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Supporting Our Kids

After a recent suicide prevention talk at a local high school, I had a young lady come up to me as the rest of the kids filed out of the auditorium doors. She began to open up about her mental health struggles, her past with self-harm, and her frequent thoughts of suicide. Throughout our conversation, she made several comments about how she felt like her parents didn’t understand how much she was struggling and that they didn’t care about her. Hearing her say this broke my heart.

I asked her why she felt that her parents didn’t care and she responded that she felt that they were always distracted and that their relationship had “drifted” over the past few years. As a mother, I know that her parents do care and love her beyond words, but to hear her say those things made me stop and reflect a bit. How much time are we setting aside for our kids? How much do we truly know about their daily routine, their stressors, and their coping strategies?

Life can get hectic. Somedays we may feel like we are being torn in a million different directions, but it’s crucial to put aside time every day to connect with our kids. Even if they act like they don’t want to talk about their day, deep down they do. They need to feel heard and validated. The more you talk to them about things when they are going well, the more likely they will feel comfortable coming to you when life gets hard. Kids today face stressors that we didn’t experience until much later in life and they often will need our help to navigate.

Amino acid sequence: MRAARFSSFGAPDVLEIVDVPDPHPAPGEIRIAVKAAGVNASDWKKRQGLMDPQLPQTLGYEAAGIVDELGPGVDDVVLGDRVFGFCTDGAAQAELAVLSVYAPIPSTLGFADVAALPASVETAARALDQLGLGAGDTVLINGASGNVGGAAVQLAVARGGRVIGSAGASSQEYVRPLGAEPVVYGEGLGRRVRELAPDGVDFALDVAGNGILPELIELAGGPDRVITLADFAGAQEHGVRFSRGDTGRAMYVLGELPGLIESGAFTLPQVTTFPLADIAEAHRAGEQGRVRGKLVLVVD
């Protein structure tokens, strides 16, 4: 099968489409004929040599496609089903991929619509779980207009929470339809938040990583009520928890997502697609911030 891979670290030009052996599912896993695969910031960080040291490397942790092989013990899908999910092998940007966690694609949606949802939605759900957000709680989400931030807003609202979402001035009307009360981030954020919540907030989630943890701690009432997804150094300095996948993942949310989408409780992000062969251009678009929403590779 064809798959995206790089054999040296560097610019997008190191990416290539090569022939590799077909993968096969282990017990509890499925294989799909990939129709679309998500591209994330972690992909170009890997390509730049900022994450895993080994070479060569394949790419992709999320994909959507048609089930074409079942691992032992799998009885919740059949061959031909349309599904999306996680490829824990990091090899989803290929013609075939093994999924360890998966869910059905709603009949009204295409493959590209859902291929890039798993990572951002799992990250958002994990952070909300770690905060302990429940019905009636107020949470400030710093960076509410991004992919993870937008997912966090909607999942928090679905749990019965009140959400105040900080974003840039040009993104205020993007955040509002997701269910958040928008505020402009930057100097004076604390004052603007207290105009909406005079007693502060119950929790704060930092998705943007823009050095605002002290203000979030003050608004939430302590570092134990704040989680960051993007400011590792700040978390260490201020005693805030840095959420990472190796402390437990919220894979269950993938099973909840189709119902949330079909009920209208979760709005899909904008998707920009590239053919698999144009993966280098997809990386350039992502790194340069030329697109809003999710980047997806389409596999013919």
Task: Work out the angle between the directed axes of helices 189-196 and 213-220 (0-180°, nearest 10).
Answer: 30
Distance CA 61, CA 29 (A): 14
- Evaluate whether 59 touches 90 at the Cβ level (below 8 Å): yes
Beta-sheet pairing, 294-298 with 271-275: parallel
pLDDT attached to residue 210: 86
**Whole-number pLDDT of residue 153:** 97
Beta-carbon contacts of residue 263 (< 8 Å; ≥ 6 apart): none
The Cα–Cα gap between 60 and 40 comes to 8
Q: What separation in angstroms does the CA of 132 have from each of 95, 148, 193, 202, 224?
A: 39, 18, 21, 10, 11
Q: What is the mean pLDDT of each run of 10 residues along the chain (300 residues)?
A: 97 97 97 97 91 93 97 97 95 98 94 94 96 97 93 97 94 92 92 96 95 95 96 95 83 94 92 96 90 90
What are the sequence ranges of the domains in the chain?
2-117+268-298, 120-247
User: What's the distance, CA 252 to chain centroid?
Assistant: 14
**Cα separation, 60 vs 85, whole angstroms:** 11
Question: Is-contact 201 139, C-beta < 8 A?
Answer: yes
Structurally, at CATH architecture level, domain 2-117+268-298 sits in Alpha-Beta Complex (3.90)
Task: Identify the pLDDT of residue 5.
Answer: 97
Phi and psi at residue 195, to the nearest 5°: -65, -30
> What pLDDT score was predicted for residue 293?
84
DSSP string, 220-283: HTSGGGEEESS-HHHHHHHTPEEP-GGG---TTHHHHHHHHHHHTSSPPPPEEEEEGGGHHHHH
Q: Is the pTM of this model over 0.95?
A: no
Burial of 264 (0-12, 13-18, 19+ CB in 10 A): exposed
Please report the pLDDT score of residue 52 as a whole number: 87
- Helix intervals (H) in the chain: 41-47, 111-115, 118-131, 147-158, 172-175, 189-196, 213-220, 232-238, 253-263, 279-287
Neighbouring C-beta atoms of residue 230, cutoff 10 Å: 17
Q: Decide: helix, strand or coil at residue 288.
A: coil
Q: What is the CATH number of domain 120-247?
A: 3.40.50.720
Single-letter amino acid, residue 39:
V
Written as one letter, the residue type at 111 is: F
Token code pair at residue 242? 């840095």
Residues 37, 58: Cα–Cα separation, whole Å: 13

I advised the young lady to go home and talk to her parents about the things she shared with me and how she felt about their relationship lately. I also got her connected with her school counselor who could also help her work through some of the other issues we talked about.

According to the Center for Disease Control, one in six high school students have had serious thoughts about suicide at least once during the school year. If that one in six kids was your child, would he/she have felt comfortable talking to you about it? We need to be sure to establish an open dialogue at home that welcomes conversation about even the most difficult topics. While having these conversations may be uncomfortable, they are essential ones to have.


Jill Hamilton, Senior Project Coordinator, The Kim Foundation

Jill Hamilton has been a Project Coordinator at The Kim Foundation since 2014. She graduated with a Bachelor’s Degree in Journalism and a Speech Communication Minor from The University of Nebraska at Omaha in 2009. Since working at the foundation, she has become an active member of the Nebraska State Suicide Prevention Coalition and The Metro Area Suicide Prevention Coalition, Nebraska LOSS Advisory Committee, The Early Childhood Mental Health Coalition, is Chair of the Nebraska LOSS Teams Conference Planning Committee, and serves as the Outreach Coordinator for the Metro Area LOSS Team.